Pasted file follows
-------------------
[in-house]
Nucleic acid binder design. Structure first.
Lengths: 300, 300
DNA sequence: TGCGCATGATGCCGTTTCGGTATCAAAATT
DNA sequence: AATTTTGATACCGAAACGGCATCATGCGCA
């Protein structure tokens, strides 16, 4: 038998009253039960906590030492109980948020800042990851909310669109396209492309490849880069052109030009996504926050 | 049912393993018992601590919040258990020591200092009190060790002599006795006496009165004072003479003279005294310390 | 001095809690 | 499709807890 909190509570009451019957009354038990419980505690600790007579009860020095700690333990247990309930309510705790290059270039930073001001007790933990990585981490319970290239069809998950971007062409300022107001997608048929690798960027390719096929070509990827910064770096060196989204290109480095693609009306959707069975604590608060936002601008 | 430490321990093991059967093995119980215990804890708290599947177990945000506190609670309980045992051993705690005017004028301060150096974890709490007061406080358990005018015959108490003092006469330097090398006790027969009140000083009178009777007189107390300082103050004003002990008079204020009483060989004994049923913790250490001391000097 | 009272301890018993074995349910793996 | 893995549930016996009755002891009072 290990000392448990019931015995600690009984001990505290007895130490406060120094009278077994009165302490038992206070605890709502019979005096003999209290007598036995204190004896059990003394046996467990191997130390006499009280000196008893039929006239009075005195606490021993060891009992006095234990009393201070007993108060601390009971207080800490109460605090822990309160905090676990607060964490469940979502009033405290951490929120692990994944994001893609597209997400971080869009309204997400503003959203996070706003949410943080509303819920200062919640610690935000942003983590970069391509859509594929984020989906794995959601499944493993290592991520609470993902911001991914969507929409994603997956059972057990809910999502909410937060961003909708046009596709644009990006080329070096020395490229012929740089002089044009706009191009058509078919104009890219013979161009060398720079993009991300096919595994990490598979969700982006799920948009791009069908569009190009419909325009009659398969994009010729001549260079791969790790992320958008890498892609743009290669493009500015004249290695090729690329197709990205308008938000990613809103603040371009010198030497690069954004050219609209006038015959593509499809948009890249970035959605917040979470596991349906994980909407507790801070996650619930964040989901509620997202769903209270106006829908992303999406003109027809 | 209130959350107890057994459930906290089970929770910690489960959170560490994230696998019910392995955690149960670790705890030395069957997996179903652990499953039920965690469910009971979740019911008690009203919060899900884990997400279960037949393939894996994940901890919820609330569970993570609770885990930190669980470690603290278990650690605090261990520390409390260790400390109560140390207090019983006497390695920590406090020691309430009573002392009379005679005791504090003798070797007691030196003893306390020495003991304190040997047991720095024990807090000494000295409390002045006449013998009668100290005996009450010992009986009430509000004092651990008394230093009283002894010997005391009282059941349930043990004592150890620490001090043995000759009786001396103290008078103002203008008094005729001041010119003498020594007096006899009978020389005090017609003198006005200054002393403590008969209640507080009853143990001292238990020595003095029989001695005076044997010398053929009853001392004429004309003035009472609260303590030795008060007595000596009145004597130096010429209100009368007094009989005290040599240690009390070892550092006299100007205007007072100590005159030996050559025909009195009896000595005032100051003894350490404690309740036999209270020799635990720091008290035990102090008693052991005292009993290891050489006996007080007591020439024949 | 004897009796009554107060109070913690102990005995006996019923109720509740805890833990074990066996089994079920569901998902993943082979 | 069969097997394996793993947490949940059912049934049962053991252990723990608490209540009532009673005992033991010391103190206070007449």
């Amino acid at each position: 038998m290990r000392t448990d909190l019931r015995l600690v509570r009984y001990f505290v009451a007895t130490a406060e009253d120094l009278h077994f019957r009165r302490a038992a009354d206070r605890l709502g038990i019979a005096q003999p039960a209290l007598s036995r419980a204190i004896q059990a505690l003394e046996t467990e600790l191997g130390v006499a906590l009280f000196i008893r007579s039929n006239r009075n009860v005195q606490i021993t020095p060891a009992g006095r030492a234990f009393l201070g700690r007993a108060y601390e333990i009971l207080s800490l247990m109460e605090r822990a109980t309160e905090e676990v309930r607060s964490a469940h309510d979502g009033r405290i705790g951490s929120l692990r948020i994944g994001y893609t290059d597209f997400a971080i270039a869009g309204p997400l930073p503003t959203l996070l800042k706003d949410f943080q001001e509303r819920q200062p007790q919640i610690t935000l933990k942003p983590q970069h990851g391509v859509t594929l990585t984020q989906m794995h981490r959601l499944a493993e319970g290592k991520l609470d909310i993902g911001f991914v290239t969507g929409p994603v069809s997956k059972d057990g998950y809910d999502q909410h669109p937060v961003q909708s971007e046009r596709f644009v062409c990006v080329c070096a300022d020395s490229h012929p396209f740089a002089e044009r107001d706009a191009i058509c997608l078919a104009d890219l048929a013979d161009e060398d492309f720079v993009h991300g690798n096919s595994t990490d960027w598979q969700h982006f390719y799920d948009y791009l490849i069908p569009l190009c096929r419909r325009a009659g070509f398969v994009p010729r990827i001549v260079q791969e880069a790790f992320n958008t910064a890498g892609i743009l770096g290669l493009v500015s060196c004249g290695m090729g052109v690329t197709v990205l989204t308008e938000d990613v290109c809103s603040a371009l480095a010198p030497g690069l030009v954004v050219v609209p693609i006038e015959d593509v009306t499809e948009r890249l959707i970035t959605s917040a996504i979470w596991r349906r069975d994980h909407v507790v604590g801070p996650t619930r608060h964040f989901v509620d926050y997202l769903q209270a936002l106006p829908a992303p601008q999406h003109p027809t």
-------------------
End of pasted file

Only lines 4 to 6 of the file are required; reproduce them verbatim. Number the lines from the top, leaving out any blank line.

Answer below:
DNA sequence: TGCGCATGATGCCGTTTCGGTATCAAAATT
DNA sequence: AATTTTGATACCGAAACGGCATCATGCGCA
């Protein structure tokens, strides 16, 4: 038998009253039960906590030492109980948020800042990851909310669109396209492309490849880069052109030009996504926050 | 049912393993018992601590919040258990020591200092009190060790002599006795006496009165004072003479003279005294310390 | 001095809690 | 499709807890 909190509570009451019957009354038990419980505690600790007579009860020095700690333990247990309930309510705790290059270039930073001001007790933990990585981490319970290239069809998950971007062409300022107001997608048929690798960027390719096929070509990827910064770096060196989204290109480095693609009306959707069975604590608060936002601008 | 430490321990093991059967093995119980215990804890708290599947177990945000506190609670309980045992051993705690005017004028301060150096974890709490007061406080358990005018015959108490003092006469330097090398006790027969009140000083009178009777007189107390300082103050004003002990008079204020009483060989004994049923913790250490001391000097 | 009272301890018993074995349910793996 | 893995549930016996009755002891009072 290990000392448990019931015995600690009984001990505290007895130490406060120094009278077994009165302490038992206070605890709502019979005096003999209290007598036995204190004896059990003394046996467990191997130390006499009280000196008893039929006239009075005195606490021993060891009992006095234990009393201070007993108060601390009971207080800490109460605090822990309160905090676990607060964490469940979502009033405290951490929120692990994944994001893609597209997400971080869009309204997400503003959203996070706003949410943080509303819920200062919640610690935000942003983590970069391509859509594929984020989906794995959601499944493993290592991520609470993902911001991914969507929409994603997956059972057990809910999502909410937060961003909708046009596709644009990006080329070096020395490229012929740089002089044009706009191009058509078919104009890219013979161009060398720079993009991300096919595994990490598979969700982006799920948009791009069908569009190009419909325009009659398969994009010729001549260079791969790790992320958008890498892609743009290669493009500015004249290695090729690329197709990205308008938000990613809103603040371009010198030497690069954004050219609209006038015959593509499809948009890249970035959605917040979470596991349906994980909407507790801070996650619930964040989901509620997202769903209270106006829908992303999406003109027809 | 209130959350107890057994459930906290089970929770910690489960959170560490994230696998019910392995955690149960670790705890030395069957997996179903652990499953039920965690469910009971979740019911008690009203919060899900884990997400279960037949393939894996994940901890919820609330569970993570609770885990930190669980470690603290278990650690605090261990520390409390260790400390109560140390207090019983006497390695920590406090020691309430009573002392009379005679005791504090003798070797007691030196003893306390020495003991304190040997047991720095024990807090000494000295409390002045006449013998009668100290005996009450010992009986009430509000004092651990008394230093009283002894010997005391009282059941349930043990004592150890620490001090043995000759009786001396103290008078103002203008008094005729001041010119003498020594007096006899009978020389005090017609003198006005200054002393403590008969209640507080009853143990001292238990020595003095029989001695005076044997010398053929009853001392004429004309003035009472609260303590030795008060007595000596009145004597130096010429209100009368007094009989005290040599240690009390070892550092006299100007205007007072100590005159030996050559025909009195009896000595005032100051003894350490404690309740036999209270020799635990720091008290035990102090008693052991005292009993290891050489006996007080007591020439024949 | 004897009796009554107060109070913690102990005995006996019923109720509740805890833990074990066996089994079920569901998902993943082979 | 069969097997394996793993947490949940059912049934049962053991252990723990608490209540009532009673005992033991010391103190206070007449």